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    Don't be stupid. The people are not the problem; the pastors and their foreign-owned authorities are the problem.

    Why would you shoot common people?

    Are you crazy?
     
  13. Ray

    Ray The Chairman Defence Professionals Moderator

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    The problem is that when you don't care for people, they will go where there is more dividends.

    In villages there are schools, but no teachers. There are no health services.

    The Church, foreign funded, if you wish, provides health care as also education till college and beyond.

    So, why should they cling on to a religion which gives them no hope, no advancement, and allows them to wallow in illiteracy, poverty, misery and ill health?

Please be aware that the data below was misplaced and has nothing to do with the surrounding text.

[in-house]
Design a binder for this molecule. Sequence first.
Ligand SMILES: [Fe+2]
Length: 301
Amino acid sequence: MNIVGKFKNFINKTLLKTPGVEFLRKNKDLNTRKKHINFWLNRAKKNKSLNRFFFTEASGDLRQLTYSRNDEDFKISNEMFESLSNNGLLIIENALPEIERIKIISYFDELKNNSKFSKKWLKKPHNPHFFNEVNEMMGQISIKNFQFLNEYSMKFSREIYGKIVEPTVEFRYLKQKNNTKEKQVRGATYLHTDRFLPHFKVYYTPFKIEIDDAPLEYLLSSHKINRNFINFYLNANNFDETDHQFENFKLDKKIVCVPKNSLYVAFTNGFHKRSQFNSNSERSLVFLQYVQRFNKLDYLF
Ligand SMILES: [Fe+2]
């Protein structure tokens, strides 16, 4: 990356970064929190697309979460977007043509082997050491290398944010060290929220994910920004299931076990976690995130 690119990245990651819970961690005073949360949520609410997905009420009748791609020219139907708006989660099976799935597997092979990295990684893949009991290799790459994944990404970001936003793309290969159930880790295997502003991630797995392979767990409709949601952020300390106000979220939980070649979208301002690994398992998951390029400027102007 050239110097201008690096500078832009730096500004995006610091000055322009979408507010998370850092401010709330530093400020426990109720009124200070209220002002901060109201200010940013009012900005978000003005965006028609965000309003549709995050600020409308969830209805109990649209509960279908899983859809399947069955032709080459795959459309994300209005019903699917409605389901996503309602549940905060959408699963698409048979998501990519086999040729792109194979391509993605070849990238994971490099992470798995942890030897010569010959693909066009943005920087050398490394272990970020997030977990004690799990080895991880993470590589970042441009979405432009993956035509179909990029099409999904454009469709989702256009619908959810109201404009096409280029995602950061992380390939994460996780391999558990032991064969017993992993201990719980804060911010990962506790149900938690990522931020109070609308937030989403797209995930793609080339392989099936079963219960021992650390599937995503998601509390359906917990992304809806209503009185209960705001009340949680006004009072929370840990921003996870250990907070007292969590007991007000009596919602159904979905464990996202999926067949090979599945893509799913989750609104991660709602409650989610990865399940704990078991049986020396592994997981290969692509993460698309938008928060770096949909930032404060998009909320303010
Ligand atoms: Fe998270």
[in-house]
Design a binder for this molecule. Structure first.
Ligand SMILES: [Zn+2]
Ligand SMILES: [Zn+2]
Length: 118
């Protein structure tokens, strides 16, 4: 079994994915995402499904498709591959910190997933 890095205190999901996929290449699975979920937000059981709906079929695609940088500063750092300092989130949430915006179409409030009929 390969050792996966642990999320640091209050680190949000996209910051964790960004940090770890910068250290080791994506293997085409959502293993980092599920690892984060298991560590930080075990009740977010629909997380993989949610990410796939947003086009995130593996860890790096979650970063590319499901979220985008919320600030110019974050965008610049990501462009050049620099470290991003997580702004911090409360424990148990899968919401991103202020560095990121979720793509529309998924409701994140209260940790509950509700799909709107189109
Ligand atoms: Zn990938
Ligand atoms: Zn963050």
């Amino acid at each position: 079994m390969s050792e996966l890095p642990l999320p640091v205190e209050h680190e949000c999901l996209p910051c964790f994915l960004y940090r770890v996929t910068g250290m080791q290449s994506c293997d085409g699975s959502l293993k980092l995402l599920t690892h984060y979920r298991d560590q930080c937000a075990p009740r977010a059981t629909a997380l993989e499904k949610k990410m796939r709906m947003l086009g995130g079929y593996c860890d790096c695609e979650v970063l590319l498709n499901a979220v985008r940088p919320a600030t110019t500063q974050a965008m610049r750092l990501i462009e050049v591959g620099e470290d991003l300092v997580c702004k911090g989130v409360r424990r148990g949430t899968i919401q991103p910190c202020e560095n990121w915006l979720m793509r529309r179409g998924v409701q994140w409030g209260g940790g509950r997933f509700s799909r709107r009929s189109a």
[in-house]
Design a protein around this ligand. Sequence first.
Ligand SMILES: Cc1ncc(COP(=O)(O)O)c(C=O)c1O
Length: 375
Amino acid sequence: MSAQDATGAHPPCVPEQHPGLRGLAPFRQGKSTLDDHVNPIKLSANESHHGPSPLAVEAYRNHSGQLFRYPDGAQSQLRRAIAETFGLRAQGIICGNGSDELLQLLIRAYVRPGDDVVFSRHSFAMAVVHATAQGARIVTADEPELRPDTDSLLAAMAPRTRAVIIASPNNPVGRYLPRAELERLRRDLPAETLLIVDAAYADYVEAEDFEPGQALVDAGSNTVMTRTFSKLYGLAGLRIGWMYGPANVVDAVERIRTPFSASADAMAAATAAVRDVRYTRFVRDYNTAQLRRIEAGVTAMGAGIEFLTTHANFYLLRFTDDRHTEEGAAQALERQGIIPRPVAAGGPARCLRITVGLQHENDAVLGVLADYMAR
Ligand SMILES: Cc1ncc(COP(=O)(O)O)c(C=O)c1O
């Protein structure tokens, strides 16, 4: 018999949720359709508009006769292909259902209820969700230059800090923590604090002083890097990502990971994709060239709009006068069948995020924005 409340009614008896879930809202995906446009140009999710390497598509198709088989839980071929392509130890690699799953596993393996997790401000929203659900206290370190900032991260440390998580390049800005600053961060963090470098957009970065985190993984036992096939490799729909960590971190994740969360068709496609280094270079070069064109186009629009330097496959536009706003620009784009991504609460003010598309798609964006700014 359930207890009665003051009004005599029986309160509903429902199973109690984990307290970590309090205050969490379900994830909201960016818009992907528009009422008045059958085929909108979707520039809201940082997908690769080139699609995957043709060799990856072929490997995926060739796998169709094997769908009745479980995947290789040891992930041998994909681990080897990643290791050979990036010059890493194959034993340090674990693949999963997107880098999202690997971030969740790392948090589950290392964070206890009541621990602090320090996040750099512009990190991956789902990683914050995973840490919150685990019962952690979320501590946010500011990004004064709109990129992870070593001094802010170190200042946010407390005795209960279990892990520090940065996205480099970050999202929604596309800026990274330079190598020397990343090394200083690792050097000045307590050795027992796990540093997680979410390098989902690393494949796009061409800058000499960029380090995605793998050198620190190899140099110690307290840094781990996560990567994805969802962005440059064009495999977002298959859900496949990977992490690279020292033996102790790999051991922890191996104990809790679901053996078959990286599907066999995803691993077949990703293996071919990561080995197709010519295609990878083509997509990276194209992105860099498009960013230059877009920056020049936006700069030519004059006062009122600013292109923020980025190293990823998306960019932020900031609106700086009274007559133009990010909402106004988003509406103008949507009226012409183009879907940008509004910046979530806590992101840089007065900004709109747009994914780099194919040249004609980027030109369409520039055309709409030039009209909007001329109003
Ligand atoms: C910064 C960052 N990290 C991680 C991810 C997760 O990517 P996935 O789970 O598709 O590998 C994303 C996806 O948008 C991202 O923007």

And anyway, the tribal are animist and not Hindus in real terms.

    If Indians happily abandon their Nation and go abroad and become citizens of foreign countries, why are we not exhibiting the same ire?

    Aren't they seeking newer pastures that give them better opportunities?

    Indians proudly acclaim that chap Booby Jindal (who converted and changed his name from Piyush) to become Governor of Louisiana or Nikki Halley ( a Sikh, who too converted and is actually Namrata Randhawa), who became the Governor of South Carolina. Why? They too converted for a better life to accomplish their dream!

    If they (Booby Jindal and Nikkik Halley) are fine with Indians to exult about. then why hold it against the impoverished and abandoned tribal, who the country neglects, trying to find their way in this topsy turvy world by converting to reap the harvest through a very difficult and heart wrenching choice of changing of religion ?
     
    Last edited: Oct 4, 2013
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  14. happy

    happy Senior Member Senior Member